Many restaurants have a defining, celebrated dish that represents their raison d’être. Here’s what the chefs and owners of three popular Elizabeth City eateries—Island Breeze Grill, Montero’s Restaurant, Bar & Catering, and Hoppin’ Johnz New South Cuisine—share about their signature dishes and favorite ingredient:
Jimmy Strickland, chef de cuisine at Hoppin’ Johnz New South Cuisine (606 E. Colonial St.; 252-679-7716), which opened downtown in October 2016, prepares Shrimp and Grits with an unexpected twist by tucking black-eyed peas, Tasso ham, and shiitake mushrooms between the shrimp and naturally creamy rice grits. With his commitment to using locally grown produce, such as shiitakes from a Weeksville farm, and heirloom variety grains from South Carolina, Strickland, who is classically trained, believes food should taste like food. “There is nothing better than simple ingredients at the peak of their natural goodness,” he notes. In addition to his ‘harbor dust,’ a spicy trinity of cayenne, black pepper and Old Bay seasoning, Strickland says he would use heirloom grains in every recipe if he could. “Once you taste Carolina gold rice,” he says, “you’ll understand why.”
Chicken Ashley holds a special place in the heart of Andy Montero, owner of Montero’s Restaurant, Bar & Catering (414 McArthur Dr.; 252-331-1067). With a nod to French culinary tradition, the breaded pan fried breast stuffed with herbed cheese and topped with white wine sauce has been on the menu since the restaurant opened in 2005 and is also the dish Montero prepared for his wife, Karin “when [he] was courting her.” A graduate of Johnson & Wales University, Montero never met an onion he didn’t like. “Neither Karin nor our kids like them but I love them,” he says. “Whether they’re sweet or savory, crunchy or sautéed, they add so much depth to a dish when used correctly.”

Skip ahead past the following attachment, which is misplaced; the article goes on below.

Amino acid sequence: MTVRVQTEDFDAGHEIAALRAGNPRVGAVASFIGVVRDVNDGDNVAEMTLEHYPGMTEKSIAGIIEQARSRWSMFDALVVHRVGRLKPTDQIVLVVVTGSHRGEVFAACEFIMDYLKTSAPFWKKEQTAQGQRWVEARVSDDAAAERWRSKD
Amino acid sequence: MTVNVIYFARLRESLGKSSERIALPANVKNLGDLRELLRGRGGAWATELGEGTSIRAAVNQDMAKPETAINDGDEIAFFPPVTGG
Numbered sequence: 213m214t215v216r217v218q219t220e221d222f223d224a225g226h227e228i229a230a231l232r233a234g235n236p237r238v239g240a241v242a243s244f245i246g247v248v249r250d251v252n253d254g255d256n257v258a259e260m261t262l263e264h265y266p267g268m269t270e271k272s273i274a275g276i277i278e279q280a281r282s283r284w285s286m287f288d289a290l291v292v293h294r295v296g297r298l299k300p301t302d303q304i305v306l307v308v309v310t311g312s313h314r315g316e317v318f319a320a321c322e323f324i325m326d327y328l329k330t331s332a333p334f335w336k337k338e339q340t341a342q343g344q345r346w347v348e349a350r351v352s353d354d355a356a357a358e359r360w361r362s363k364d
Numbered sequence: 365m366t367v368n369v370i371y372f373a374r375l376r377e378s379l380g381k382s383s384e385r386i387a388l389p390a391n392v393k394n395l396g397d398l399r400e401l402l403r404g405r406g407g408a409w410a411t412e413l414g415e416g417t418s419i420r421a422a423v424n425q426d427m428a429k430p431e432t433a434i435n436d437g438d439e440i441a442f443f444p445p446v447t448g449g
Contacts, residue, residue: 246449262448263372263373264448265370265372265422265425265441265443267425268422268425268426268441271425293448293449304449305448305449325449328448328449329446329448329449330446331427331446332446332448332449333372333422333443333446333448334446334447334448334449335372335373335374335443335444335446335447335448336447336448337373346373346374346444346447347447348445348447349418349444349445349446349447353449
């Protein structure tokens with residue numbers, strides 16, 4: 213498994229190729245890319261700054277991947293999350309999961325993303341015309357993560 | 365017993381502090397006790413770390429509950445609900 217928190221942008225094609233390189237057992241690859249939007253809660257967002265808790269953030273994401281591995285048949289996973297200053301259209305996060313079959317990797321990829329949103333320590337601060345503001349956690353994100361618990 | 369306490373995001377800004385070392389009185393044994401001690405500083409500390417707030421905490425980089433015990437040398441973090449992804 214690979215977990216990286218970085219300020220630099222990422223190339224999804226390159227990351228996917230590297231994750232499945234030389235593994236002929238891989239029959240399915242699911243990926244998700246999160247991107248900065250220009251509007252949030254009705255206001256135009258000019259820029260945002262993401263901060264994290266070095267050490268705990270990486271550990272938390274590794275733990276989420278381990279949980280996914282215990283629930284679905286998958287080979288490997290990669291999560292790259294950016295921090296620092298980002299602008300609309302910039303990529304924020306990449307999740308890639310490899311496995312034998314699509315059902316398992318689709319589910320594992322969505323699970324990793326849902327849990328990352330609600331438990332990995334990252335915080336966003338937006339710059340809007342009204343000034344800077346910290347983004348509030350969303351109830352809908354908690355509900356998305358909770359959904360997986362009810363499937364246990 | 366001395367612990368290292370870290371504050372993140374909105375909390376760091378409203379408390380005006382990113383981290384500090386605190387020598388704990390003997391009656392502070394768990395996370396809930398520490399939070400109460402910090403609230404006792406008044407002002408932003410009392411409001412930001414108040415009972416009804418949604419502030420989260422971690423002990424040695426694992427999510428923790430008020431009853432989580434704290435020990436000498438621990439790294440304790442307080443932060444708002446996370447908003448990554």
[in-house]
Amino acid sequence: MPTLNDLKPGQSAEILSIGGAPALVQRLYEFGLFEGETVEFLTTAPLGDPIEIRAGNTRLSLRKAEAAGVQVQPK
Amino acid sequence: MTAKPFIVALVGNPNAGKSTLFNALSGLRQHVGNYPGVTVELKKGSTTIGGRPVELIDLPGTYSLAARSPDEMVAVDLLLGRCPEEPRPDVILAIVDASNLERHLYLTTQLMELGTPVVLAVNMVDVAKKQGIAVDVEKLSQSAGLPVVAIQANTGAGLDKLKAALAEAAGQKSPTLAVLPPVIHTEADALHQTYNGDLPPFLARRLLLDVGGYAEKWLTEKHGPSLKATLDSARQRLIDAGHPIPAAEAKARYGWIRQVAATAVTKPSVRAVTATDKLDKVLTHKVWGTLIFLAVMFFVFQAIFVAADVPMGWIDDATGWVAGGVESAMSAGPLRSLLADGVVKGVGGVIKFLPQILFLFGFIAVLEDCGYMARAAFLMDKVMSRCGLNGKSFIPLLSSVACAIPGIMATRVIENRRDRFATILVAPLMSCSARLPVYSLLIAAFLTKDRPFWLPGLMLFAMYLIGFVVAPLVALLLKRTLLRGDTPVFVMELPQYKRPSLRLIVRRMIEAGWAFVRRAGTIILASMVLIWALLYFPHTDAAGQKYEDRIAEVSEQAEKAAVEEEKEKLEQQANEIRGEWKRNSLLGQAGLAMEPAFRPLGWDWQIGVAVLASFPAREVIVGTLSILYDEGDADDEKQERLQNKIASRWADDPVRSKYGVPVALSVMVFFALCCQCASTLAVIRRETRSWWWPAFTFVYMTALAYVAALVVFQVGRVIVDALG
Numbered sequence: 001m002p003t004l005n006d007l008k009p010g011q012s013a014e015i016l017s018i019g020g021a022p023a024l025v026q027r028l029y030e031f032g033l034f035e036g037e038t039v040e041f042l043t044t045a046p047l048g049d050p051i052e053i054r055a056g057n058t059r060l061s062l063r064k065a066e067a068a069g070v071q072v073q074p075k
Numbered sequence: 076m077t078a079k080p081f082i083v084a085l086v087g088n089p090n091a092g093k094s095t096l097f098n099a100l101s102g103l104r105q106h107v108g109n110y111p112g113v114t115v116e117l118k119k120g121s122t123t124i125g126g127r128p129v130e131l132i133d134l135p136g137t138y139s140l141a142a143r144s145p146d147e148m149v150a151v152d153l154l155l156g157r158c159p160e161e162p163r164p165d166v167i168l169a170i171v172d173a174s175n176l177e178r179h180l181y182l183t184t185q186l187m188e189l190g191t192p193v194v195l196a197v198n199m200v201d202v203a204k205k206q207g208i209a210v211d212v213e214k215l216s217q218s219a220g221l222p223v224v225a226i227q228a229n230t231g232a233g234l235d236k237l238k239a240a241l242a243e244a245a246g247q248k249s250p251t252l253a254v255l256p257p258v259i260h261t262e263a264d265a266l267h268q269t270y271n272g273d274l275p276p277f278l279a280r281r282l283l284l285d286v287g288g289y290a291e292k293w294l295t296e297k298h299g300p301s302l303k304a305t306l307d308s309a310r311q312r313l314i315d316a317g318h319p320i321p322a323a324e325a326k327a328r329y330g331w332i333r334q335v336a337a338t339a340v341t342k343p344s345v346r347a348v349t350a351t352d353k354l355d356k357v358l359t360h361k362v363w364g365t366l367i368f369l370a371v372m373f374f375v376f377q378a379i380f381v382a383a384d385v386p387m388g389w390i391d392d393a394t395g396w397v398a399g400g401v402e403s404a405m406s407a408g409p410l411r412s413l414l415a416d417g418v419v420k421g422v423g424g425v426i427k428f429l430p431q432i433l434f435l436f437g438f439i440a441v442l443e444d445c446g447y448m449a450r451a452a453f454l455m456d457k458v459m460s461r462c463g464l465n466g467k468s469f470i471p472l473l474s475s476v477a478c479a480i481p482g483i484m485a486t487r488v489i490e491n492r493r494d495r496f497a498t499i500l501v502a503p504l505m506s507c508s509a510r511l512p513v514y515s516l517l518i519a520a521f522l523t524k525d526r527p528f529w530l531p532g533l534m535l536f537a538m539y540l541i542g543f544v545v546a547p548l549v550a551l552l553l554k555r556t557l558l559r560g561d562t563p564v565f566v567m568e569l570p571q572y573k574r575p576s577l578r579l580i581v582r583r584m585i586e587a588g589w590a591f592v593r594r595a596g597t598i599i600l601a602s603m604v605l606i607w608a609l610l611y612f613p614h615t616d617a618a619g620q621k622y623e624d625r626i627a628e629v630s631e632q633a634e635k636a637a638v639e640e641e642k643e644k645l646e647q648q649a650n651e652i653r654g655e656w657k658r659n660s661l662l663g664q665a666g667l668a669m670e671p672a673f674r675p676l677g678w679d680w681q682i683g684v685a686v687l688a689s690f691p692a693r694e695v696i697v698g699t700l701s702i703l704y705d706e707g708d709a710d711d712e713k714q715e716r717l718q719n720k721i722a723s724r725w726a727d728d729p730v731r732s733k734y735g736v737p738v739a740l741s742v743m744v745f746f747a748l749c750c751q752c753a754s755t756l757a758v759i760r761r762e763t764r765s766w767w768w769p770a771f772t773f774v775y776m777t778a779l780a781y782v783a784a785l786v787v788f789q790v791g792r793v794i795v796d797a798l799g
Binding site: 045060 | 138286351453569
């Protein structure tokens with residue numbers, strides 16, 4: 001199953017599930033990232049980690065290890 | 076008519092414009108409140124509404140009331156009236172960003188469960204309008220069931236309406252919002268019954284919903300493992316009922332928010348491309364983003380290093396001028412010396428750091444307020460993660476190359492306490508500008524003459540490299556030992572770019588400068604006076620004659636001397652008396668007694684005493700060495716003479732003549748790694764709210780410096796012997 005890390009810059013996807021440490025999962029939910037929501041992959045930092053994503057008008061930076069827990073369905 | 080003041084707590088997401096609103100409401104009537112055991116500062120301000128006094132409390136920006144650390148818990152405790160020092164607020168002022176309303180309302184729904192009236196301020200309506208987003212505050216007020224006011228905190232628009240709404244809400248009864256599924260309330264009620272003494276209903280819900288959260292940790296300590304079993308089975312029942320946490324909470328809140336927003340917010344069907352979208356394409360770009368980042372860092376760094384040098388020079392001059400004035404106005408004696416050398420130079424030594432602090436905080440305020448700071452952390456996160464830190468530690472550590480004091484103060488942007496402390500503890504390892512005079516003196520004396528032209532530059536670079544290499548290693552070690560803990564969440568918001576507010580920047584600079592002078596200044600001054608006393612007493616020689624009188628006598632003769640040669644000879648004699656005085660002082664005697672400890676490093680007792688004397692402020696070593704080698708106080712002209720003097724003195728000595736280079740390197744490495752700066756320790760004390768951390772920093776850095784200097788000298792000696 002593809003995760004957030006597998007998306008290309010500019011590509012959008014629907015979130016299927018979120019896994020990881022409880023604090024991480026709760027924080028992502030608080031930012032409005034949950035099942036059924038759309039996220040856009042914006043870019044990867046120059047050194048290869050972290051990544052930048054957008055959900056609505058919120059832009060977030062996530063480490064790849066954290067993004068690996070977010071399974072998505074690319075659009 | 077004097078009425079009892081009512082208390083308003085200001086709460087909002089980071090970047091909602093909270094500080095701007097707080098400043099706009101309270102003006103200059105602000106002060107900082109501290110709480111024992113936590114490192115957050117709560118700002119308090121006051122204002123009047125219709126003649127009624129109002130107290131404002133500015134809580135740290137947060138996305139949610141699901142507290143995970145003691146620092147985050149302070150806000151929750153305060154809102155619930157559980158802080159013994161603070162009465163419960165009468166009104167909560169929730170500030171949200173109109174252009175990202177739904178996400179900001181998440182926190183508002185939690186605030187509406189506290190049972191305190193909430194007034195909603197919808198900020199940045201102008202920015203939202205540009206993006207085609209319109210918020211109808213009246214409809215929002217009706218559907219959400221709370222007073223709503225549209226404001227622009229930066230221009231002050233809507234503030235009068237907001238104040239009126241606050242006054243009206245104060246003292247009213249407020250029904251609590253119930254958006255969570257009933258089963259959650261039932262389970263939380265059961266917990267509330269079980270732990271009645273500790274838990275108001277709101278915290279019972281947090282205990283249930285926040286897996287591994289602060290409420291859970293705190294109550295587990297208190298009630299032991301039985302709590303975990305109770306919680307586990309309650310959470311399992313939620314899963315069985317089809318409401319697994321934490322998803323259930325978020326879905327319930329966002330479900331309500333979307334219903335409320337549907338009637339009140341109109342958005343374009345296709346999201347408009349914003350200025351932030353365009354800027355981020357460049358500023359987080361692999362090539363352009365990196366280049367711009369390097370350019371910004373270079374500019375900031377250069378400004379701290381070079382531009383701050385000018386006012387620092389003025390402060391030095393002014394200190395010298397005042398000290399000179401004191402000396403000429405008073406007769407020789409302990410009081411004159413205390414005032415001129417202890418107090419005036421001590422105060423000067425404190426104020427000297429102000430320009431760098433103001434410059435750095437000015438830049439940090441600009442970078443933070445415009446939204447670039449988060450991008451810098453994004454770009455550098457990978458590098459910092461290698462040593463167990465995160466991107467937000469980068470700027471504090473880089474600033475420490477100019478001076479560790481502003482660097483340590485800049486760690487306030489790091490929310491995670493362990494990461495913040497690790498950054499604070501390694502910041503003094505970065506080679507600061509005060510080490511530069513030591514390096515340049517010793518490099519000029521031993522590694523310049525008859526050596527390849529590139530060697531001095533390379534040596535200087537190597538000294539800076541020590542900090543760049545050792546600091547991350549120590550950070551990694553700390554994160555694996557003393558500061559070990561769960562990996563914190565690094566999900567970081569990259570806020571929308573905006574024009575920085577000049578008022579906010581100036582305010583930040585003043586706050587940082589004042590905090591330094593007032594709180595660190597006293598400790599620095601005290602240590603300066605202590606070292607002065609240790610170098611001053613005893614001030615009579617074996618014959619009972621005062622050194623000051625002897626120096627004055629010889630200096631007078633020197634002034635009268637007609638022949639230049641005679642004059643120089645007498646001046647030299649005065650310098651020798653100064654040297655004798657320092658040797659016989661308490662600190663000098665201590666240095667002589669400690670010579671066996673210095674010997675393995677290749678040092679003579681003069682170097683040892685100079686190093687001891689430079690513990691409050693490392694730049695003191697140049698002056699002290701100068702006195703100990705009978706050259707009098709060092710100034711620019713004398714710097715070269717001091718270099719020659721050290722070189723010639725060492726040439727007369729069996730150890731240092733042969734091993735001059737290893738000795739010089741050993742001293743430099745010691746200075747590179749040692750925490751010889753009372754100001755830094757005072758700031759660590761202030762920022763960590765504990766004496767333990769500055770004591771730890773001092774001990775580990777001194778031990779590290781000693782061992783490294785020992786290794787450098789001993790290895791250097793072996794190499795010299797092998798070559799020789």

Doris Johnson, executive chef and owner of Island Breeze Grill (220 N. Poindexter St.; 252-338-0048), says its Jerk Chicken “represents who we are—sweet and spicy” and patrons know the succulent, piquant poultry is as authentic as any you’d find in the Caribbean. Johnson, who relocated to downtown Elizabeth City in 2013, believes food should not only nourish the body but should fill and renew the spirit as well. A lover of cumin, which she notes lends a smoky, distinctive flavor to both meats and vegetables, Johnson, who was born in England and has Trinidadian and Montserratian ancestry, is always looking for creative ways to incorporate her favorite spice.
Visit one of these fabulous eateries and or try one of our other great restaurants.
Simone Cooper is a publicist and branding specialist who is also a mid-century modern fanatic. When she’s not assisting clients with messaging, you can find her hunting for furniture and housewares from the 1960s.